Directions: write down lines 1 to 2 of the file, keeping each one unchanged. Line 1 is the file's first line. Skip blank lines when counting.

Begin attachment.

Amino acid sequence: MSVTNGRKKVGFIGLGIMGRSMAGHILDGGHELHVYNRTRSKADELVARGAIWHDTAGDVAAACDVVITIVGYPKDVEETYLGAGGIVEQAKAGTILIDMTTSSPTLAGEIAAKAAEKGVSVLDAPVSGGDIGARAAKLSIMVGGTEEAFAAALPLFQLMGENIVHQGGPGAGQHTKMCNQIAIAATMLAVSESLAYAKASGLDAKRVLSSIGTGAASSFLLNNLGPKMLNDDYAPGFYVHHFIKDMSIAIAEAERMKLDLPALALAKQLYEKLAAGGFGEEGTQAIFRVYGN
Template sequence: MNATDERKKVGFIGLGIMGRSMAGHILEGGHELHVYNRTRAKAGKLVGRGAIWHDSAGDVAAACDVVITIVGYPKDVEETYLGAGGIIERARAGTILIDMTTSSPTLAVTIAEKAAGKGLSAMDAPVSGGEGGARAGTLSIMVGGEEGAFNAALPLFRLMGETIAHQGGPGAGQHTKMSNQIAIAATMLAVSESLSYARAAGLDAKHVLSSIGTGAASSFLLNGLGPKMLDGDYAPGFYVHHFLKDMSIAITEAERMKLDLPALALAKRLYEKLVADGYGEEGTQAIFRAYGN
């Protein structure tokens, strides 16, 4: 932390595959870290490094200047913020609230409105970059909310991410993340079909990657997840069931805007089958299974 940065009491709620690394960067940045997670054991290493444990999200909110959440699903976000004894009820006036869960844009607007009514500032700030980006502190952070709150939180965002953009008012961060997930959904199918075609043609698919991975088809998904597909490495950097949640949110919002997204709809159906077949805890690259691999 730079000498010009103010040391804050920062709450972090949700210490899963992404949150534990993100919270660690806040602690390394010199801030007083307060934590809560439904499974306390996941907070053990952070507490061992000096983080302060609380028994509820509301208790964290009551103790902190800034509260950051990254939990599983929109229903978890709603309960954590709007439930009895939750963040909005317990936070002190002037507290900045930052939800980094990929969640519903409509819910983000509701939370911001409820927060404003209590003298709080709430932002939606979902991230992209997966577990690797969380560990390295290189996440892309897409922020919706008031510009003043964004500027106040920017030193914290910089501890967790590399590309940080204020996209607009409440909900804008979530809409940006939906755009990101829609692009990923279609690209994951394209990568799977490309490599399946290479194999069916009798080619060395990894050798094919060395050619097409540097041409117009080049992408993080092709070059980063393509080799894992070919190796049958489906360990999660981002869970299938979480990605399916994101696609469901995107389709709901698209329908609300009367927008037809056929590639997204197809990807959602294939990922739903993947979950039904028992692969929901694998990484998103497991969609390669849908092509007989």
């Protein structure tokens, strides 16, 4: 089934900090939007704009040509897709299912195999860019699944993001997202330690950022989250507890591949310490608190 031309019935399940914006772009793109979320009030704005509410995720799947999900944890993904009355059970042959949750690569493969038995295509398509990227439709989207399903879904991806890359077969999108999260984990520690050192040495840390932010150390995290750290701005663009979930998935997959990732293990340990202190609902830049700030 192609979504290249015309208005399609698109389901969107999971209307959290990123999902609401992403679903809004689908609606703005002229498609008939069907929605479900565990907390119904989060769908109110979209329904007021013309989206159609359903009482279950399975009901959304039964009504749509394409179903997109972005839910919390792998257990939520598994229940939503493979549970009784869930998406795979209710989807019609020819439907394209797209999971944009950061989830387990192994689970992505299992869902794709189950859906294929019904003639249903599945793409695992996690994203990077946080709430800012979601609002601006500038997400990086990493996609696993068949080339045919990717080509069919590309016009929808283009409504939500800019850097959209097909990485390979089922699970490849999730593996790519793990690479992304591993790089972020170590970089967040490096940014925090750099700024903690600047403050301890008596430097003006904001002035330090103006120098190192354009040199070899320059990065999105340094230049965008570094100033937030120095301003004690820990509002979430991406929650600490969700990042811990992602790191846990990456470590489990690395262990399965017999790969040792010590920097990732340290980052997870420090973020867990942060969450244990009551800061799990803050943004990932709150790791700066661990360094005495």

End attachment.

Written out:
Amino acid sequence: MSVTNGRKKVGFIGLGIMGRSMAGHILDGGHELHVYNRTRSKADELVARGAIWHDTAGDVAAACDVVITIVGYPKDVEETYLGAGGIVEQAKAGTILIDMTTSSPTLAGEIAAKAAEKGVSVLDAPVSGGDIGARAAKLSIMVGGTEEAFAAALPLFQLMGENIVHQGGPGAGQHTKMCNQIAIAATMLAVSESLAYAKASGLDAKRVLSSIGTGAASSFLLNNLGPKMLNDDYAPGFYVHHFIKDMSIAIAEAERMKLDLPALALAKQLYEKLAAGGFGEEGTQAIFRVYGN
Template sequence: MNATDERKKVGFIGLGIMGRSMAGHILEGGHELHVYNRTRAKAGKLVGRGAIWHDSAGDVAAACDVVITIVGYPKDVEETYLGAGGIIERARAGTILIDMTTSSPTLAVTIAEKAAGKGLSAMDAPVSGGEGGARAGTLSIMVGGEEGAFNAALPLFRLMGETIAHQGGPGAGQHTKMSNQIAIAATMLAVSESLSYARAAGLDAKHVLSSIGTGAASSFLLNGLGPKMLDGDYAPGFYVHHFLKDMSIAITEAERMKLDLPALALAKRLYEKLVADGYGEEGTQAIFRAYGN